Following a ‘victory’ against a particularly controversial provision of the Human Rights and Anti-Discrimination Bill, News Ltd and various ‘think tank’ trolls are hell bent on destroying the entire thing.
The debate is deplorable, but took on a fascinating element last week when Michael Sexton, writing in The Australian, made a rather peculiar claim:
In recent weeks former High Court judge Ian Callinan and Victorian Attorney-General Robert Clark criticised the draft federal legislation that would have made unlawful a range of conduct that was considered by the so-called victim to be offensive or insulting. ABC chairman James Spigelman made similar criticisms late last year. It now seems that these provisions of the draft bill will be withdrawn and reformulated.
For some years, however, commentators including James Allan and Janet Albrechtsen have attacked existing state and federal laws that make publications unlawful on the basis of notions such as insult, ridicule or offensiveness. I have written a number of pieces myself on the problem of these concepts in legislation.But where is the response from those in favour of these laws? There hasn’t been one. Yet we know that there is no shortage of persons in influential positions who do favour these kinds of laws. The fact that there is such legislation on the statute books at the federal level and in most states and territories indicates that they were pushed through the parliamentary process by powerful lobby groups. [Source]
Powerful. Lobby. Groups.
To a certain extent, he is correct. There’s a bit of a gap between public discussion of legislation and the shadowy world of the influential people discussing the legislation. Similarly, however, there’s a gap between the public discussion of, say, climate change and the world of people who research and study climate change. There’s also a gap between the public discussion of health regulation and the underworld of people who actually manage health regulation. It turns out that the serious people having serious discussions about the Bill aren’t the megaphones trolling the public for circulation and link bait.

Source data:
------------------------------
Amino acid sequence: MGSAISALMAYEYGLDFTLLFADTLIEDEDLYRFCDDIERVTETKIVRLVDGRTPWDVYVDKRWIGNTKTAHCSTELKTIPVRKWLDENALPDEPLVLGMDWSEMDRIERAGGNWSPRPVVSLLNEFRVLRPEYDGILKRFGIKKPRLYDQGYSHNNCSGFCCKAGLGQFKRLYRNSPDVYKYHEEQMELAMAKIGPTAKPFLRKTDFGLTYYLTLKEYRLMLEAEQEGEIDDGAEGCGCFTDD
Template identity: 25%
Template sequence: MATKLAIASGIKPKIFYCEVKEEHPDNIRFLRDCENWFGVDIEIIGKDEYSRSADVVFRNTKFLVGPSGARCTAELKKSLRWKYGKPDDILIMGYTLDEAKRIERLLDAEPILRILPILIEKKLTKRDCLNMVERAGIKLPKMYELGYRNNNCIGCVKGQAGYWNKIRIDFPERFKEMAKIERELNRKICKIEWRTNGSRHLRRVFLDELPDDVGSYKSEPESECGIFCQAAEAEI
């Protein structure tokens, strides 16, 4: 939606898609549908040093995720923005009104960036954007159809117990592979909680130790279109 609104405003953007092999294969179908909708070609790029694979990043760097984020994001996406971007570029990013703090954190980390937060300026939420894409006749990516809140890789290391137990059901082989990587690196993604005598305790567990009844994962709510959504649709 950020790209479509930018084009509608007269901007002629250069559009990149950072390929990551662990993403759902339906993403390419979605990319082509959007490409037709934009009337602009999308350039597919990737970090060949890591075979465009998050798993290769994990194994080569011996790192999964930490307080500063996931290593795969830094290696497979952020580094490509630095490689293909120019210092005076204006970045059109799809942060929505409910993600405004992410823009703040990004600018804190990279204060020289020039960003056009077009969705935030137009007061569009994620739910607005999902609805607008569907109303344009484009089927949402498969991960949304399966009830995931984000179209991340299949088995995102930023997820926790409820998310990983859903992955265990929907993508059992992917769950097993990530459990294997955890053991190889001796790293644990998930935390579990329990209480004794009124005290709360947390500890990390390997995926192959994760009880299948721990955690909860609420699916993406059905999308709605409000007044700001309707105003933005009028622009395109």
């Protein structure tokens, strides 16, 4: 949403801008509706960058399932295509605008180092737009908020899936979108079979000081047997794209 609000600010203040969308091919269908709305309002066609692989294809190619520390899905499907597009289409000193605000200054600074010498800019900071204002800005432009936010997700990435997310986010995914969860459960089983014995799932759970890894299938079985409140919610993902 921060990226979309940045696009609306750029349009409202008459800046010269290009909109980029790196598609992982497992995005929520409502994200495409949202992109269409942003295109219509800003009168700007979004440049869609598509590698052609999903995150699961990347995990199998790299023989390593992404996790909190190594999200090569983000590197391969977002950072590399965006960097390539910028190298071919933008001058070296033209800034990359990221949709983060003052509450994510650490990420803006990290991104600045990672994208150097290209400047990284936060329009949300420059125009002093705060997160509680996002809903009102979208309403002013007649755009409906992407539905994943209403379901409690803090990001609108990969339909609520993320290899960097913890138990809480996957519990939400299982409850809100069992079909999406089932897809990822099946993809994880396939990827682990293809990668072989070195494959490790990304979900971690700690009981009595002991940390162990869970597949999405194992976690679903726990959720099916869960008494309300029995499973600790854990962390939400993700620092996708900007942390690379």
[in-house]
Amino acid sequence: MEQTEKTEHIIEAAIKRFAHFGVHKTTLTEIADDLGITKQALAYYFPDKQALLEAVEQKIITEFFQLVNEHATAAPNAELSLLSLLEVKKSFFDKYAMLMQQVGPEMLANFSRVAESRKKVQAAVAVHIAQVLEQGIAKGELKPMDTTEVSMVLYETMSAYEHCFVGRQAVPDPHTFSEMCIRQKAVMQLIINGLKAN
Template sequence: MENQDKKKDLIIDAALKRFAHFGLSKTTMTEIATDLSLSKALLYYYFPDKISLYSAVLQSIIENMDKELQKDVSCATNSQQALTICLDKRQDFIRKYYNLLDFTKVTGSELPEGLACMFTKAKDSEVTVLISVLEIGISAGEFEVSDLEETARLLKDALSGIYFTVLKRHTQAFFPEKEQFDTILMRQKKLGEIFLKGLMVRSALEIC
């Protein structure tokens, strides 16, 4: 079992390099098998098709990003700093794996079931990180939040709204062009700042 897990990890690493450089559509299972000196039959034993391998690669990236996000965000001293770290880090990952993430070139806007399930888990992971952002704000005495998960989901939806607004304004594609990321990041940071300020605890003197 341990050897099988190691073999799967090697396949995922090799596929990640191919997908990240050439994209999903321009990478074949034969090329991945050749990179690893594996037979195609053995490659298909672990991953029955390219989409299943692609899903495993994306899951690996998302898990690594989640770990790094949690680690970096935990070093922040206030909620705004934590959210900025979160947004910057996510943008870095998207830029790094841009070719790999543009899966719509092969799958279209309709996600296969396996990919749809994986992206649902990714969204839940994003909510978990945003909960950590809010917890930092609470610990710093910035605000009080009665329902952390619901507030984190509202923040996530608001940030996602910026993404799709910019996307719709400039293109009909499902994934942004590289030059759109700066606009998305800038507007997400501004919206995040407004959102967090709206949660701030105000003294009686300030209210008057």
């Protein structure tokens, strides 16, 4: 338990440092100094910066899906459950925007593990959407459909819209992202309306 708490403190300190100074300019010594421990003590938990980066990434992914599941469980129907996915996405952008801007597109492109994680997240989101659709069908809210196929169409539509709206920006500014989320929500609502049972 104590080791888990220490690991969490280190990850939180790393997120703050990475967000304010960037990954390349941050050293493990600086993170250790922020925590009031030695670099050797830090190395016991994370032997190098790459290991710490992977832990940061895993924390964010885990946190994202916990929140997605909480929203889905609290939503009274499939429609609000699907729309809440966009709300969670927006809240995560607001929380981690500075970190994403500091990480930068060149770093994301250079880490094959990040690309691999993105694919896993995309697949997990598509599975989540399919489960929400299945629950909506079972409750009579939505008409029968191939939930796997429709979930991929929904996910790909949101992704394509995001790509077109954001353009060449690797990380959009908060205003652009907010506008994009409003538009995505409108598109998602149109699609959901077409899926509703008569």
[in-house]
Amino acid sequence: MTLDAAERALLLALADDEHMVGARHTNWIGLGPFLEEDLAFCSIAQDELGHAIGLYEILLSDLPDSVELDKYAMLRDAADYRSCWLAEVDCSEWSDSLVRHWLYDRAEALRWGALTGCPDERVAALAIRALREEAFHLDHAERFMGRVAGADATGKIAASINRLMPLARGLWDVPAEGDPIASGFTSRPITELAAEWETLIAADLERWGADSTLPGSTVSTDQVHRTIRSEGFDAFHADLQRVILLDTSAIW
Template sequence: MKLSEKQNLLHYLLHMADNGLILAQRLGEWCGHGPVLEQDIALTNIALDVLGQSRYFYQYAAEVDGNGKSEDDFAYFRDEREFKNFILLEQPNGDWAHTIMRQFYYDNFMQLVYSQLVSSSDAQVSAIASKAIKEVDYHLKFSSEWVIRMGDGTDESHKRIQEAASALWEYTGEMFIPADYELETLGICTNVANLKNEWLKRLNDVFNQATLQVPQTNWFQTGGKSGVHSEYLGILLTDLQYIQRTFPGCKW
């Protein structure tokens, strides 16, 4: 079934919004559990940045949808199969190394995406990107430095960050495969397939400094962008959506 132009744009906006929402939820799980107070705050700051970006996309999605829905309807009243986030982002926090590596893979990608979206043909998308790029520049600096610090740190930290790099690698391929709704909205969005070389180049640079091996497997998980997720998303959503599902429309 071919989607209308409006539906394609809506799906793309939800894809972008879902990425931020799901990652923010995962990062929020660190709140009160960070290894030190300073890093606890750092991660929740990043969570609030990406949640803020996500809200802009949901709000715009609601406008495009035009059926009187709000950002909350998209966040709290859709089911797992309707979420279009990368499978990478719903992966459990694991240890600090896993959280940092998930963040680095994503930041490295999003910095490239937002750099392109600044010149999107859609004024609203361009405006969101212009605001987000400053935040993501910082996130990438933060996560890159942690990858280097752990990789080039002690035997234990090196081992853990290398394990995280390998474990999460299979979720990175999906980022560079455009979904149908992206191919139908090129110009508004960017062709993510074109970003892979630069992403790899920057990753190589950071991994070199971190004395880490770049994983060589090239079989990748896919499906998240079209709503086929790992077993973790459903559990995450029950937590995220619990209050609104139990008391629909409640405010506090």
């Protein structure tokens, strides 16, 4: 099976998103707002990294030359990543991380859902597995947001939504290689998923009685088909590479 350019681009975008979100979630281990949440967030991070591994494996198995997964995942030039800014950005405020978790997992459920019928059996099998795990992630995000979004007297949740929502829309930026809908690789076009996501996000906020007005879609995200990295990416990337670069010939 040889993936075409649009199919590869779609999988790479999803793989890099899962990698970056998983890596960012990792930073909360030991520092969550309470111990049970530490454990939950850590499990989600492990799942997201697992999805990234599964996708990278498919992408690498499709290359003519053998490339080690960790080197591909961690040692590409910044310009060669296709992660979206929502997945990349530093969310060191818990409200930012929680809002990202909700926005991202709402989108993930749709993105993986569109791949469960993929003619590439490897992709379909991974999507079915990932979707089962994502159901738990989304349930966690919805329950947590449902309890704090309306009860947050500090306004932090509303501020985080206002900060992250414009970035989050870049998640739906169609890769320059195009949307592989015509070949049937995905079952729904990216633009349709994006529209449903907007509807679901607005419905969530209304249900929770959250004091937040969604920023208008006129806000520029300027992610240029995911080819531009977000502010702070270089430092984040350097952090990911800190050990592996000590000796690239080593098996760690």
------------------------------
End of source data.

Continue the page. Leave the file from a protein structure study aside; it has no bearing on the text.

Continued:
I bet you’re shocked, aren’t you?
Sometimes the public debate becomes so toxic that there’s no way for the shadowy figures to manage the processes effectively. See, for example, the Henry Tax Review, the MRRT, the first Carbon Tax Scheme which the Greens and the Coalition tanked, &c., &c. See also the provision in the Bill which was roundly attacked by a number of megaphones.
The provision was clause 19 of the draft bill:
19 When a person discriminates against another person, and related concepts
Discrimination by unfavourable treatment
(1) A person (the first person) discriminates against another person if the first person treats, or proposes to treat, the other person unfavourably because the other person has a particular protected attribute, or a particular combination of 2 or more protected attributes.
Note: This subsection has effect subject to section 21.
(2) To avoid doubt, unfavourable treatment of the other person includes (but is not limited to) the following:
(a) harassing the other person;
(b) other conduct that offends, insults or intimidates the other person.
It’s that last part which made commentators — from both sides of politics — freak right out. The concern was that there ought not be ‘a right not to be offended’ and that this would have an unacceptable ‘chilling’ effect on ‘freedom of speech’.
We’ll get to those claims individually in a moment. The first question is: did they read the draft Bill correctly?
Behold! Clause 23:
23 Exception for justifiable conduct
Protected attributes to which this exception applies